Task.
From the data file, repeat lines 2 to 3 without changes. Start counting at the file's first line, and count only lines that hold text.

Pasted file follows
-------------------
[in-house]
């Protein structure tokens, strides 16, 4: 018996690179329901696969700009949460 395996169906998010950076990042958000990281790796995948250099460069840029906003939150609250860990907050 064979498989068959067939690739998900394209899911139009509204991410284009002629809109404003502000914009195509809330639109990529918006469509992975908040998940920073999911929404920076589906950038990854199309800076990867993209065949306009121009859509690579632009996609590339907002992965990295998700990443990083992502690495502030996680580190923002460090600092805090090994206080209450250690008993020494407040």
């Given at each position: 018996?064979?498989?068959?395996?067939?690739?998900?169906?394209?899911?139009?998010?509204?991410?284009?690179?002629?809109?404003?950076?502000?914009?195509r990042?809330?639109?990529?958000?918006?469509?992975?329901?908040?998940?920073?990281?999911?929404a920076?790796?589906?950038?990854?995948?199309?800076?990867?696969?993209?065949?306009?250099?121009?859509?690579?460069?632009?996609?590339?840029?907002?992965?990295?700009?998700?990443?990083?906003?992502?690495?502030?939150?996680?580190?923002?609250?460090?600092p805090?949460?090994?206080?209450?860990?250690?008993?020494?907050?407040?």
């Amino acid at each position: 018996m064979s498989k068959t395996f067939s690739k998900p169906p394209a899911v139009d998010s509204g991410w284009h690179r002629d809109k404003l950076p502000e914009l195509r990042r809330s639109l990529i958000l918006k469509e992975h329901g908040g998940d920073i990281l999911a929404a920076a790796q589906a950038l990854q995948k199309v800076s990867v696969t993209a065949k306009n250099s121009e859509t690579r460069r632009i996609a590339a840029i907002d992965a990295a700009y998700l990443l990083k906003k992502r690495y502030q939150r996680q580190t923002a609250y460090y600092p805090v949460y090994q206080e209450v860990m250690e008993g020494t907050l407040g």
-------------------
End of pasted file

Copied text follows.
């Protein structure tokens, strides 16, 4: 018996690179329901696969700009949460 395996169906998010950076990042958000990281790796995948250099460069840029906003939150609250860990907050 064979498989068959067939690739998900394209899911139009509204991410284009002629809109404003502000914009195509809330639109990529918006469509992975908040998940920073999911929404920076589906950038990854199309800076990867993209065949306009121009859509690579632009996609590339907002992965990295998700990443990083992502690495502030996680580190923002460090600092805090090994206080209450250690008993020494407040």
């Given at each position: 018996?064979?498989?068959?395996?067939?690739?998900?169906?394209?899911?139009?998010?509204?991410?284009?690179?002629?809109?404003?950076?502000?914009?195509r990042?809330?639109?990529?958000?918006?469509?992975?329901?908040?998940?920073?990281?999911?929404a920076?790796?589906?950038?990854?995948?199309?800076?990867?696969?993209?065949?306009?250099?121009?859509?690579?460069?632009?996609?590339?840029?907002?992965?990295?700009?998700?990443?990083?906003?992502?690495?502030?939150?996680?580190?923002?609250?460090?600092p805090?949460?090994?206080?209450?860990?250690?008993?020494?907050?407040?």